Not My Father's Son: Help Us Tell Nate Phelps' Story!


Recovering From Religion has teamed up with filmmaker Brad Johnson's efforts to tell the story of how Nathan (Nate) Phelps, son of infamous Westboro Baptist Church founder Fred Phelps, overcame religious abuse and learned to love those whom he was taught to hate. We realize many people prefer to donate directly to non-profit organizations, and this is where we come in. This documentary will chronicle Nate's journey from the years of abuse he suffered at the hands of his father through his healing and his subsequent fight to end discrimination and bullying, but we need your help to make it happen. Fred Phelps was the leader of the Westboro Baptist Church, known by its trademark slogan "God Hates Fags," in Topeka, Kansas, prior to his death in 2014, and you can click here to read Nate's heart-wrenching response to his father's death.  Nate's escape from this hate-filled environment coupled with his determination to break the cycle of abuse and intolerance for future generations create a poignant and powerful theme for this film. Nate's story is powerful, and many people from all walks of life need to hear it. Please help his story be heard by donating to the Kickstarter or making your tax deductible donation right here on this page today.

If you prefer to donate directly to the Kickstarter campaign, click here

A Message From Nate:

Not long ago, I was in Windsor, Ontario, for a speaking engagement. Following my talk, a group of us gathered at a local restaurant for dinner and conversation. It was there that I met a man who shared with me about his mother who had recently passed. He spoke about growing up with the knowledge that being gay was bad. I assumed and subsequently asked the man if his mother was an outspoken religious type, and he replied that while his mother was a church-goer, she never preached hate to him. I was a bit embarrassed that my assumptions were incorrect and decided to simply listen as the man explained how he learned that gay was bad. 

"You just…understood it. It was her facial expressions and the odd comment now and then. She wasn’t comfortable with the topic, and you knew she didn’t like them," he explained. 

"I get that," I replied. "That’s actually how most people pick up prejudices in their youth. It’s not the radicals screaming from the pulpits so much as the masses picking up the sensory virus and passing it on just as subtly." 

The man went on to recount a conversation he had with his mother many years later. He was watching TV with his mom at her home, and the program contained a discussion about equality for gays. To his surprise, his mother said, "I don’t see anything wrong with gays being married if they love each other."

He continued, "I think it was when she was sick with cancer. Several of her nurses and assistants were gay. When she had a personal experience with someone she assumed was bad, she felt something different. "It changed her heart, Nate, and then it changed her mind." 

When I saw Brad Johnson’s vignette about his mother’s coming out experience at the age of 52, I knew he understood this dynamic. When I met them a few months later in Lawrence, Kansas, and they asked if they could do a documentary about my story, I knew they were the ones who would do it right.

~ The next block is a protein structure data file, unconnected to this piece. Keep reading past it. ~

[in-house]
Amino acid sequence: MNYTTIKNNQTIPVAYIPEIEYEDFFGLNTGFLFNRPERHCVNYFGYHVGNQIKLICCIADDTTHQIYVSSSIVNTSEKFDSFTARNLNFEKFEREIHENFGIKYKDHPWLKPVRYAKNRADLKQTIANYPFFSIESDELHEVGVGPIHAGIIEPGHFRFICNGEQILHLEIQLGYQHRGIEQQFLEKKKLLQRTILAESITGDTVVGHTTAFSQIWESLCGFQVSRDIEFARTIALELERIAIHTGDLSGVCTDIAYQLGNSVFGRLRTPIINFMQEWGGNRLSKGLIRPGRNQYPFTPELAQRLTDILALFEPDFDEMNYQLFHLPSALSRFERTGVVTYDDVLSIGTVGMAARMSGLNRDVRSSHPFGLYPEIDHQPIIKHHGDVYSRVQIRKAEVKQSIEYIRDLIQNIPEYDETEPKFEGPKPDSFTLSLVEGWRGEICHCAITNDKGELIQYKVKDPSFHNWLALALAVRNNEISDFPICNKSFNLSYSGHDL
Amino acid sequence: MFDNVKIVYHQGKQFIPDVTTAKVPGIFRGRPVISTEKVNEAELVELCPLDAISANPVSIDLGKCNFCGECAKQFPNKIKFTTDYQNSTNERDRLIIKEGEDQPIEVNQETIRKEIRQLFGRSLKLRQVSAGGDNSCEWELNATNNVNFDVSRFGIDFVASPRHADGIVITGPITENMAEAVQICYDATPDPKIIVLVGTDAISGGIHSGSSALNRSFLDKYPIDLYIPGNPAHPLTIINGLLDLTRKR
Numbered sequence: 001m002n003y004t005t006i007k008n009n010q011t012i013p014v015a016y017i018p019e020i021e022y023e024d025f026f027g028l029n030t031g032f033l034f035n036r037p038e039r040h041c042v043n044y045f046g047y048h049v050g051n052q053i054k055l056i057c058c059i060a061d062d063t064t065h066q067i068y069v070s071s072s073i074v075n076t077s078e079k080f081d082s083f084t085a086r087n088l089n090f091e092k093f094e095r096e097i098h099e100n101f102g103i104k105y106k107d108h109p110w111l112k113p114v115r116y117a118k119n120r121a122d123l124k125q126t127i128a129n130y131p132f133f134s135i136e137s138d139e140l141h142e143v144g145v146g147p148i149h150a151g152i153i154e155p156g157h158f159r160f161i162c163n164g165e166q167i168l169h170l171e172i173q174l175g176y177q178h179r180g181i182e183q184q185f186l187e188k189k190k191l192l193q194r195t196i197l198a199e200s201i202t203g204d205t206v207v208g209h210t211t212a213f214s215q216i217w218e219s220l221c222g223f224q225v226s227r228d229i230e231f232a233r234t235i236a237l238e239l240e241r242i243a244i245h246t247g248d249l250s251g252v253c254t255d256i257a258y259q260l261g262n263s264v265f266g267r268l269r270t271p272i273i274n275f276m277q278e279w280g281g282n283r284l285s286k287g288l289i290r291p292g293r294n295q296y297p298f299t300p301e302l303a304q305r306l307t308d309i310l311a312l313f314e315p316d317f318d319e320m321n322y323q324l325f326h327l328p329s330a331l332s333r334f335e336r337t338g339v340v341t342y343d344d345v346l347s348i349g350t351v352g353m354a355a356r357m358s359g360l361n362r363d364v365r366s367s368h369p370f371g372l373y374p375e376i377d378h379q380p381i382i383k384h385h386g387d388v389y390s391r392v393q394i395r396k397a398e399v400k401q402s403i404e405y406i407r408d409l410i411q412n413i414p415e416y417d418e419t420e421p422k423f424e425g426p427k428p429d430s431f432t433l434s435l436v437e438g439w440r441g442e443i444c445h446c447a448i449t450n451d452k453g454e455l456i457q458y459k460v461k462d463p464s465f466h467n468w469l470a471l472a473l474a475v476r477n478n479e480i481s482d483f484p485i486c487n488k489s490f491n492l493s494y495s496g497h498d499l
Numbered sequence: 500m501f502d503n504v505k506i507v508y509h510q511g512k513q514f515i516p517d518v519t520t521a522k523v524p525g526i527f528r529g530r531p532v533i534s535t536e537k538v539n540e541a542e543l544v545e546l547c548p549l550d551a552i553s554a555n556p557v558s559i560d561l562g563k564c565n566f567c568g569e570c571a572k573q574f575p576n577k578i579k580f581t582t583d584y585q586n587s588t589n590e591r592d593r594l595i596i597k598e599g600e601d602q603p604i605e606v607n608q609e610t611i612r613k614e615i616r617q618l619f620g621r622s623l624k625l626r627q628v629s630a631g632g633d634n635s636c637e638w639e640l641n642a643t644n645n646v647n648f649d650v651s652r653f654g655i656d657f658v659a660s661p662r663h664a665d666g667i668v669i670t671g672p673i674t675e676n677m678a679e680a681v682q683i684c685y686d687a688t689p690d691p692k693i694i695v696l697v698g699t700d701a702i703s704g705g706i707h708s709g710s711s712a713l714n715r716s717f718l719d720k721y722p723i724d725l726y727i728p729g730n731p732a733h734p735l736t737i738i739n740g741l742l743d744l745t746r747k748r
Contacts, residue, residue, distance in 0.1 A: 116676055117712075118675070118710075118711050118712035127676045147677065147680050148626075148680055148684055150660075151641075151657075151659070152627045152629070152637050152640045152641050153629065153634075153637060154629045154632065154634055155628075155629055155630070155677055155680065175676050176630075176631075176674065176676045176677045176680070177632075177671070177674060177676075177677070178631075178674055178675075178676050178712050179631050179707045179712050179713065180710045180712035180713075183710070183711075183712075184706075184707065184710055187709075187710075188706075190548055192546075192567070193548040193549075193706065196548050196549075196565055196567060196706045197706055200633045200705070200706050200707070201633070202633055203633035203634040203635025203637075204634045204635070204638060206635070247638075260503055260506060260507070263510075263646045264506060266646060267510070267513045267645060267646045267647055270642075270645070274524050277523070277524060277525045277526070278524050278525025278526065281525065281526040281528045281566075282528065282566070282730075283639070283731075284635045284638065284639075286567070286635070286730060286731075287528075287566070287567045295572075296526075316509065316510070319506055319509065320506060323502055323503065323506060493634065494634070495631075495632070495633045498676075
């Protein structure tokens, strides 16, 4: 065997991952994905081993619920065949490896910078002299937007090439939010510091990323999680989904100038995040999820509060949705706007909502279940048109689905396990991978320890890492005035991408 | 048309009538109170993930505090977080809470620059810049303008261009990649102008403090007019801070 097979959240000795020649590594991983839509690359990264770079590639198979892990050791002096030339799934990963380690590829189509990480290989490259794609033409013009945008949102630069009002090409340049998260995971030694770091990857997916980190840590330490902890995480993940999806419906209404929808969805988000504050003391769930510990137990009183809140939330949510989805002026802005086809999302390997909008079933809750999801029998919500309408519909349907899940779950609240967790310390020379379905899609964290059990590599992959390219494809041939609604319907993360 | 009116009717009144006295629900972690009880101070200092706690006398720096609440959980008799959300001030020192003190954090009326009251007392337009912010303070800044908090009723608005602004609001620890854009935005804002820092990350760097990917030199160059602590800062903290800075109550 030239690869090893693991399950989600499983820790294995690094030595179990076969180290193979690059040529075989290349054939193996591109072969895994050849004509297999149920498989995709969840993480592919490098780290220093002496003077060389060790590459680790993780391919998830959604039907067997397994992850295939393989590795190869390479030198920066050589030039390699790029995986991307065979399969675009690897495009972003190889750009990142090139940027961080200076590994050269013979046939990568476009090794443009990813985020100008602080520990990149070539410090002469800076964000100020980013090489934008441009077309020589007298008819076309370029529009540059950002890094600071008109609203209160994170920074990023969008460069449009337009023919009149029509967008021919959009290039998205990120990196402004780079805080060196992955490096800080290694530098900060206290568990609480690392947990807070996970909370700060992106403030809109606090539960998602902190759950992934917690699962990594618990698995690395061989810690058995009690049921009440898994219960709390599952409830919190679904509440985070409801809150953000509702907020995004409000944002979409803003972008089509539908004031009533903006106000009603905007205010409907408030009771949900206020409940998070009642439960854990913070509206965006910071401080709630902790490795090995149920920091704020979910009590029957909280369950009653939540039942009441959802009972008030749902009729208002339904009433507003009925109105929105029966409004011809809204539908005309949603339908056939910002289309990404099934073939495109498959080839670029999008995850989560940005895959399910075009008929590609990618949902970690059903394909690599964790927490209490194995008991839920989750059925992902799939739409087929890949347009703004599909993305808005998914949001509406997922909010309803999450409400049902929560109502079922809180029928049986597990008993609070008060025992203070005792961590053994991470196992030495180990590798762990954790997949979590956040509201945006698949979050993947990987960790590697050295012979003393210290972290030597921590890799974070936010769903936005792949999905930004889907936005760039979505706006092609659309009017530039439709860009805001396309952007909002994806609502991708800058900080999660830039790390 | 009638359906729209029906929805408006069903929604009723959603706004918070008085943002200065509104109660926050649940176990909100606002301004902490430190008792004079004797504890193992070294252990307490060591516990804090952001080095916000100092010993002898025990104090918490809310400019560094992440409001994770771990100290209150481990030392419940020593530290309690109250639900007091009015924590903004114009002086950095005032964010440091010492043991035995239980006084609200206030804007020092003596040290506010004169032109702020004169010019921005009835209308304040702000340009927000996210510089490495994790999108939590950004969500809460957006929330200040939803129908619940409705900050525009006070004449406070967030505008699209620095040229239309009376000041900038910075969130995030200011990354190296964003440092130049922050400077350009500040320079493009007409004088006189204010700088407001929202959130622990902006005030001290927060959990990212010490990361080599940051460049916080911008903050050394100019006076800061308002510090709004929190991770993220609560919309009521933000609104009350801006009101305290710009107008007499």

Because they get it. 

When I watched the trailer they’ve created for "Not My Father’s Son," I was reminded again…they get it. I am so grateful for the opportunity to work with them and the remarkable team they have assembled to get this message out…the cure for bigotry of the brain is to inoculate the heart with loving connections. In addition to my sincere thank you to each of you who are investing in this project, I make this commitment: This investment will not return empty. We will change hearts and minds. We will save lives. We will secure a better future for the coming generations. Thank you for your tremendous support.

Nate Phelps

Why is RR Helping to Make This Film?

You can read more about how Nate's story impacted Brad and his mom on their Kickstarter page, but for me, the reason is simple. We can all identify with that moment of truth. The shattering realization that the life we've been taught to lead is not in line with the values we hold dear, and the importance of that truth outweighs the threats and realities of abandonment, isolation, and heartache from  the family we've loved and mourned all our lives. We know there are so many other people waiting to tell their own story, and we hope to reach them by telling Nate's. We don't have much time to bring this together, but we know with your help it will happen. Thank you, to all of you, for listening to all our stories so that many more will find the strength to tell theirs. Please donate what you can today, and know that your donation will go towards making this film a reality.

Sarah Morehead Executive Director Recovering From Religion

Where Will It Be Seen?

We want this film to have the broadest reach possible, which means your support is so vital, no matter the pledge amount. The more people who like our Facebook page, share the video to their families, friends and co-workers on social media, and the number of people willing to spend at least one dollar will help us prove to distributors the broad desire to see this film. We would love to have our film shown not only in theaters across the nation and internationally, but in middle schools, high schools and universities to speak to children and youth, on PBS and Netflix for universal access, and VideoOnDemand menus in a variety of markets. Spreading this message as far as possible is in your hands!

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